This week's links to things we found useful and/or interesting gets a slightly below average score. It's nobody's fault, okay.
- While iPhone security aims to tackle typical hacker scenarios well, how about the the basic convenient feature meant to help forgetful people? This can be exploited.
- Being bold and glamorous in a TikTok world can be scary. The new filter that has everyone going bananas is AI powered, and it isn't actually your face you're seing. But TikTok won't admit it's AI. Why?
- This is pretty big news for Norwegians. We've seen it coming, and have been porting our projects to other analytics alternatives, but it's all official now: The Norwegian Data Protection Authority preliminarily concludes that usage of Google Analytics is breaching GDPR. A formal decision is expected after the parties have had a chance to have their say.
Design of the week
- We scrambled, but the internet is an AI generated mess these days. The good news is that Alright Studio's new website looks good.
Tech of the week
- Tell you what, developers know what's up. If your tool is useful, you're likely to summarise what it's all about in just a header. Here's a tool based on chatGPT that "Turn any JS code into TypeScript in seconds".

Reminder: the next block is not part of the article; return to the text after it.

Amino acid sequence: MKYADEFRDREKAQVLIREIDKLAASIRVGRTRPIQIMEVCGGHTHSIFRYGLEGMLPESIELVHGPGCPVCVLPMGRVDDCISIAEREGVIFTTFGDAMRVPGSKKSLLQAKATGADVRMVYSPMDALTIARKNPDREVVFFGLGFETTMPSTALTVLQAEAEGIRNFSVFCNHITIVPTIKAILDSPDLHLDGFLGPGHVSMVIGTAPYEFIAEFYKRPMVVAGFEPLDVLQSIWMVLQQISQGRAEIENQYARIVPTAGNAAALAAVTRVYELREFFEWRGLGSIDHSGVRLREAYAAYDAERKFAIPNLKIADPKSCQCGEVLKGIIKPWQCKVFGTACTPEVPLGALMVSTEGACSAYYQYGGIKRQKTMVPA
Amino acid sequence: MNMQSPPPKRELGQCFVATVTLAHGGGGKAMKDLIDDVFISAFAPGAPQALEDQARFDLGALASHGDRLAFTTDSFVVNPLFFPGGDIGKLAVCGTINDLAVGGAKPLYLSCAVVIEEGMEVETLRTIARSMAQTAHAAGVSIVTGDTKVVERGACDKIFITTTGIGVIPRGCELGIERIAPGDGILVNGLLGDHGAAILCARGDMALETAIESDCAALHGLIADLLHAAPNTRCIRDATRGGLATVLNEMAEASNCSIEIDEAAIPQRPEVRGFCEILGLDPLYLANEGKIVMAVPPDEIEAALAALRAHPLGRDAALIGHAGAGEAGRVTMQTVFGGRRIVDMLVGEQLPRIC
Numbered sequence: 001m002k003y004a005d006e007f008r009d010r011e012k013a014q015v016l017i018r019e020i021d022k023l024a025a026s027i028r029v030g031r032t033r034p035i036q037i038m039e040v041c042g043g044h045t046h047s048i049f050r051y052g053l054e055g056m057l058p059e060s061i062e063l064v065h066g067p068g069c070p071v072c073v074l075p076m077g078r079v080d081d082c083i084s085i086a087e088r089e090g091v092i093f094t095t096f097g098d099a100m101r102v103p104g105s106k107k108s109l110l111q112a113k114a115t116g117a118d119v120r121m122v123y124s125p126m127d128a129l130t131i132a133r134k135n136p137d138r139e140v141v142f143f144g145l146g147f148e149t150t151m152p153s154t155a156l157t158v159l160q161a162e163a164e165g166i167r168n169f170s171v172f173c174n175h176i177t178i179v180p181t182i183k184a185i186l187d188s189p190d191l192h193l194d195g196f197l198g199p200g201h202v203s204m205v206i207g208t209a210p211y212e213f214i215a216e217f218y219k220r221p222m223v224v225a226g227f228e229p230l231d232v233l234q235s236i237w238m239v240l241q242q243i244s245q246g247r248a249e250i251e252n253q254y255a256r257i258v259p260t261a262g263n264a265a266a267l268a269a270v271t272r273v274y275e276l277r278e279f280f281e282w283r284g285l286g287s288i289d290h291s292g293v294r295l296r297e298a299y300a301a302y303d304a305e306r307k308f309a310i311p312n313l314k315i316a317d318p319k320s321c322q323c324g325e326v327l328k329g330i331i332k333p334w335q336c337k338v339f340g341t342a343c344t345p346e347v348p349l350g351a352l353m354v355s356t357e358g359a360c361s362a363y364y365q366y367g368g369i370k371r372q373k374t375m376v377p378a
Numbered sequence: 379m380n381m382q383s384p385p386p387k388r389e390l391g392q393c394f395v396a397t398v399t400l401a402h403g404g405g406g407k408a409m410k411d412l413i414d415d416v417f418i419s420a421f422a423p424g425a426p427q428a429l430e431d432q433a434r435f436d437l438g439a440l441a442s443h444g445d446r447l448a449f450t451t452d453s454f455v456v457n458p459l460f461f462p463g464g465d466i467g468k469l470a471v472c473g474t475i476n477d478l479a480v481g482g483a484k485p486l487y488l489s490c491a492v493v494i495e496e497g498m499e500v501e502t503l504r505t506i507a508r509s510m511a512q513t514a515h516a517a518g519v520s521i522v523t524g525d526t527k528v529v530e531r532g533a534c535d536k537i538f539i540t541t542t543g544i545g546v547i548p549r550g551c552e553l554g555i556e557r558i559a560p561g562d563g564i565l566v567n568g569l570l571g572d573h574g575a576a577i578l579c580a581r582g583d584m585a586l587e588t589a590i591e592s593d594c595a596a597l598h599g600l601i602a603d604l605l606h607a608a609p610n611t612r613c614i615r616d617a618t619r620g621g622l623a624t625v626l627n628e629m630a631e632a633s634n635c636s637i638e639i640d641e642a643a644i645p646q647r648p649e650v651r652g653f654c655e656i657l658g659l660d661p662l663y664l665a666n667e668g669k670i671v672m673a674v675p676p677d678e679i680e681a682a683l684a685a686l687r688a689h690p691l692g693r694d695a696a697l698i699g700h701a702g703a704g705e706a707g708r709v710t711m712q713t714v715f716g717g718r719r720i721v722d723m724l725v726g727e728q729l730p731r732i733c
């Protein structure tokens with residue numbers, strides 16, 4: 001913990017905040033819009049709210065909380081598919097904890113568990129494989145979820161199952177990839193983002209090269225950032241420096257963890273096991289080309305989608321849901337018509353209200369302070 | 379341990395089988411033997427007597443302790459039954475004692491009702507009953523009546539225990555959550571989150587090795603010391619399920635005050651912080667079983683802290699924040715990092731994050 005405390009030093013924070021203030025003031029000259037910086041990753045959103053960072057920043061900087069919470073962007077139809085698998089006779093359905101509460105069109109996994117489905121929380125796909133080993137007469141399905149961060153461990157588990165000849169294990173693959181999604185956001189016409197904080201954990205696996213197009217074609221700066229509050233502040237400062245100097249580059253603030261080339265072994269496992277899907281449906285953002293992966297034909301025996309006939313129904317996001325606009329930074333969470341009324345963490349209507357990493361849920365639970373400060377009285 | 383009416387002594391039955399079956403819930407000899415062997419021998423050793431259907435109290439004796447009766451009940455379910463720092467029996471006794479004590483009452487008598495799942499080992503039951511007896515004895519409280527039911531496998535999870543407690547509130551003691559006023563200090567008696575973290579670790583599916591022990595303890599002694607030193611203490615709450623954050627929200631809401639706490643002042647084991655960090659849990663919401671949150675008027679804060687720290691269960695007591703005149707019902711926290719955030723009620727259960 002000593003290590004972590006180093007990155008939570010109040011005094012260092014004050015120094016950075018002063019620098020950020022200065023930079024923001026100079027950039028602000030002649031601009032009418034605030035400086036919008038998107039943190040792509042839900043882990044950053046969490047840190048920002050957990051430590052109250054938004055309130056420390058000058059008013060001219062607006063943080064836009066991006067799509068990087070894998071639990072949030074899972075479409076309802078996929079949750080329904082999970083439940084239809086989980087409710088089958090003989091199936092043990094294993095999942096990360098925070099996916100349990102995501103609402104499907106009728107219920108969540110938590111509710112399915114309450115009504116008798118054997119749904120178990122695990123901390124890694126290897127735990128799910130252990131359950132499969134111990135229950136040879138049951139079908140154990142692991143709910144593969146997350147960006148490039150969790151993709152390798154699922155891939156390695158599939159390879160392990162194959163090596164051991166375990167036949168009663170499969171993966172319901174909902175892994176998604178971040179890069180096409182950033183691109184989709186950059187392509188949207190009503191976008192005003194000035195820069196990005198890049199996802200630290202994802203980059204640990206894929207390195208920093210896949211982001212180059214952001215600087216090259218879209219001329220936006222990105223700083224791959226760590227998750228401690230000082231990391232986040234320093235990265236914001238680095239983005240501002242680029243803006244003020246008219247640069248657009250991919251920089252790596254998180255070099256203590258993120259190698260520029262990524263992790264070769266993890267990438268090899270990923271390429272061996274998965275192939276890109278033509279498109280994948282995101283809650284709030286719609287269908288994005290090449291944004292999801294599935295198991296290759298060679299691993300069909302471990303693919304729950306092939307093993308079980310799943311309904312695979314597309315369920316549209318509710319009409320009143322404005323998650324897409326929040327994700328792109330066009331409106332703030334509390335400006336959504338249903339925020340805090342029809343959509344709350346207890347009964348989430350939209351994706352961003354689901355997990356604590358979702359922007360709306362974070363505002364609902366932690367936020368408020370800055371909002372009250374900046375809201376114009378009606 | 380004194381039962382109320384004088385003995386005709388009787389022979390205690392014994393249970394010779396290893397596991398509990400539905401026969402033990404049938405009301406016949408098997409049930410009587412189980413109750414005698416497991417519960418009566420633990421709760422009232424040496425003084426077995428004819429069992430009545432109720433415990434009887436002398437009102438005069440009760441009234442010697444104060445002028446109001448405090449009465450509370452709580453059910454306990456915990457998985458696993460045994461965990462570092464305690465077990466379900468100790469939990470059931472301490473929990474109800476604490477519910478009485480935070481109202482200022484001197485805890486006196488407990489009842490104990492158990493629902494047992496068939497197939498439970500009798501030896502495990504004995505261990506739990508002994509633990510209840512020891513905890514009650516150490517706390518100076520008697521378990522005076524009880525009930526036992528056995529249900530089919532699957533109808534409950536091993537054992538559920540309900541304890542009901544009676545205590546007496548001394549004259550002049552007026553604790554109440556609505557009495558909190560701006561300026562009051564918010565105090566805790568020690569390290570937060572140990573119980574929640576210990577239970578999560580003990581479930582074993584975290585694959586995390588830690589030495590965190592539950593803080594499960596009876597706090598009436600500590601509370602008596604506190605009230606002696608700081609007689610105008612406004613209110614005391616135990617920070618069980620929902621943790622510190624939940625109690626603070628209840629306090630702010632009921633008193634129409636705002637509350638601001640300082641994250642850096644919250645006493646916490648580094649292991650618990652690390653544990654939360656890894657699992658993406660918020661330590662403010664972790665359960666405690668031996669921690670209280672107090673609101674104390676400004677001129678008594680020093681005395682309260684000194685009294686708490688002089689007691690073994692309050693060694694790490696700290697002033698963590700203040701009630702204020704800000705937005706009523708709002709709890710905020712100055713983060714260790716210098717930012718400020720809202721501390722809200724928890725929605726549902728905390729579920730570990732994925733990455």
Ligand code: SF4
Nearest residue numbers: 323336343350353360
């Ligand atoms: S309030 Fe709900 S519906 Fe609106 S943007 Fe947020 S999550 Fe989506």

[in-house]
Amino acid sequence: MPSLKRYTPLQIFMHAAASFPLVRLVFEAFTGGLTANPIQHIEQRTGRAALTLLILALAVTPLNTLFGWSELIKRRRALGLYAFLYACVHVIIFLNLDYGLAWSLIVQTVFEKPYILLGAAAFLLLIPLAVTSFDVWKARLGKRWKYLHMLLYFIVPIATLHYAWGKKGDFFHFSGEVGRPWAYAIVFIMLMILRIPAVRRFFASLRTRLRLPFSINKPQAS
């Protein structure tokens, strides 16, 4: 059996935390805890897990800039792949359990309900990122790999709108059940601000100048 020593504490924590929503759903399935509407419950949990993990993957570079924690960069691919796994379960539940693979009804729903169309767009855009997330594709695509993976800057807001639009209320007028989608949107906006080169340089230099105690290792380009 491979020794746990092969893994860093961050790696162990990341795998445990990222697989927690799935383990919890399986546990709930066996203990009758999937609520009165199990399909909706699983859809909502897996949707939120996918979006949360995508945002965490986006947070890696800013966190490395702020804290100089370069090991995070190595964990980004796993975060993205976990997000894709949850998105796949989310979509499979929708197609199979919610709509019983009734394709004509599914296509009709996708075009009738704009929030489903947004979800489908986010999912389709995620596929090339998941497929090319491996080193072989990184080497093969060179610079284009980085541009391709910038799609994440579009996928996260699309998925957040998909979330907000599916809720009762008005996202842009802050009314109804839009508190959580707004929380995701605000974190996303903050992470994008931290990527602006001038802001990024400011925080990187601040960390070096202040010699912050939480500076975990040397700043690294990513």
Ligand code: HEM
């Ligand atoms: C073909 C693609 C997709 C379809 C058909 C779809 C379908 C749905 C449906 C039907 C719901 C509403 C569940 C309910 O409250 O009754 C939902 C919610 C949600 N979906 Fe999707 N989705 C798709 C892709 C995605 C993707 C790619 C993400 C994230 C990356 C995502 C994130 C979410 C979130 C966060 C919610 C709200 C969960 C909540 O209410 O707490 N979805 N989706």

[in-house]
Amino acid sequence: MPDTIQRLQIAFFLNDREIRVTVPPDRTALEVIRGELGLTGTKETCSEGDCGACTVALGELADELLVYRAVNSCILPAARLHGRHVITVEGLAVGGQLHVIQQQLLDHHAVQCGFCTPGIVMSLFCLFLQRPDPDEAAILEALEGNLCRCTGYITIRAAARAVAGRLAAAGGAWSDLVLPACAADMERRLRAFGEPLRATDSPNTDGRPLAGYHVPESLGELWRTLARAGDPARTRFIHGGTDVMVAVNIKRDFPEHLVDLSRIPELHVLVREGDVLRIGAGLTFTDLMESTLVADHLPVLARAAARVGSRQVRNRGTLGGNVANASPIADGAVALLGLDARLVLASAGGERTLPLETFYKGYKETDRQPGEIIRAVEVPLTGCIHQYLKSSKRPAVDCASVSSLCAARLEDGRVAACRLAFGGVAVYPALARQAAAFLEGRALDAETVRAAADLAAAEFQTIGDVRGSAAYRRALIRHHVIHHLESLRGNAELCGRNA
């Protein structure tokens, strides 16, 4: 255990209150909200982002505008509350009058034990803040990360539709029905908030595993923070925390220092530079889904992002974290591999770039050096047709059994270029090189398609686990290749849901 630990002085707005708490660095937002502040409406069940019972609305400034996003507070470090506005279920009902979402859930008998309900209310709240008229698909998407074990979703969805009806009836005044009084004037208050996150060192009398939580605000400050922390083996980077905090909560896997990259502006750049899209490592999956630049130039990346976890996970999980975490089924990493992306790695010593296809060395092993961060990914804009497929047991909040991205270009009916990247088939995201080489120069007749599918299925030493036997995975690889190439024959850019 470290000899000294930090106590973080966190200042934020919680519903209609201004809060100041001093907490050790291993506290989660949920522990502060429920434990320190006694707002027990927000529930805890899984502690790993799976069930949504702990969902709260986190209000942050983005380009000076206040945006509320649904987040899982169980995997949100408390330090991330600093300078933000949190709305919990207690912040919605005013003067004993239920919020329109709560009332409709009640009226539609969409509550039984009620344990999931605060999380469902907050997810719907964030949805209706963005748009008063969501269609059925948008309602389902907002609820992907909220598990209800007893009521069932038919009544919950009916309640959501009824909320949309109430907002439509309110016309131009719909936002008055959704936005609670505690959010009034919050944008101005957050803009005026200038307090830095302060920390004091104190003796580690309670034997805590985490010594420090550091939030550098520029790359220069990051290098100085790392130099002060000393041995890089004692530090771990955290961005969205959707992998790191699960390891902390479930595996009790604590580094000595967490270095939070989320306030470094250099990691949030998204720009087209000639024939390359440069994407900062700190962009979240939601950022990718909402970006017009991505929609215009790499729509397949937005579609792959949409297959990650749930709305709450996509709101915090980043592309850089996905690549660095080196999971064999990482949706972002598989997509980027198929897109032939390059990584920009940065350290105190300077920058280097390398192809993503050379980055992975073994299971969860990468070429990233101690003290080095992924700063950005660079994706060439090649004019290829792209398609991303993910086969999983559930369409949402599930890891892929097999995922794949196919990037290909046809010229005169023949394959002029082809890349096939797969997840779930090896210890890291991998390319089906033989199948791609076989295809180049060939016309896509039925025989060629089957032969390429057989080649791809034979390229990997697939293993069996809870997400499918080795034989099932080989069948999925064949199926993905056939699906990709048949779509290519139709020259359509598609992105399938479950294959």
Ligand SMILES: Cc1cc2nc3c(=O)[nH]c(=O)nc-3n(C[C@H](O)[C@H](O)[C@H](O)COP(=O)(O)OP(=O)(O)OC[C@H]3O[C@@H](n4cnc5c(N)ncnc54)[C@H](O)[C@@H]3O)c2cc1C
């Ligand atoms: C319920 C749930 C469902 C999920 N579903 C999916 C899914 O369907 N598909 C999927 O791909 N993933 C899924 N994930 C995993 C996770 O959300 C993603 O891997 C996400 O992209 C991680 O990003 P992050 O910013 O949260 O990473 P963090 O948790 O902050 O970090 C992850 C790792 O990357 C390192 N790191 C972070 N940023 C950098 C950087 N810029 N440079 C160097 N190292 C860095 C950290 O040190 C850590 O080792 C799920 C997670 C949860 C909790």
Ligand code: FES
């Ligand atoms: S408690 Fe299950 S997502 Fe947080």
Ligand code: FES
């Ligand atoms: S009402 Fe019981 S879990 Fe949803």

- Signia haș opensourced their own signals library. Pretty cool.
- ChatGPT is undoubtably a success by almost all accounts, except for the monetising part. OpenAI recently shifted from "nonprofit" to "capped-profit" to attract investors, and recently introduced a premium tier. Now, they're offering an API that will allow businesses to build the service into their products.
- General purpose humanoid robotics is kind of the holy grail of robots. They should've been here already. Alas, in this post retro futuristic world, we have to settle with big promises and Elon-humans dressed up as sleek robots. Until now? Figure is a bootstrapped attempt at finally delivering on everyones expectations from the previous century
- Here's an AI that uses language models to help you automate research workflows. Elicit can find relevant papers without perfect keyword match, summarise takeaways from the paper specific to your question, and extract key information from the papers. Thanks to our loyal reader Fridtjof for the tip;))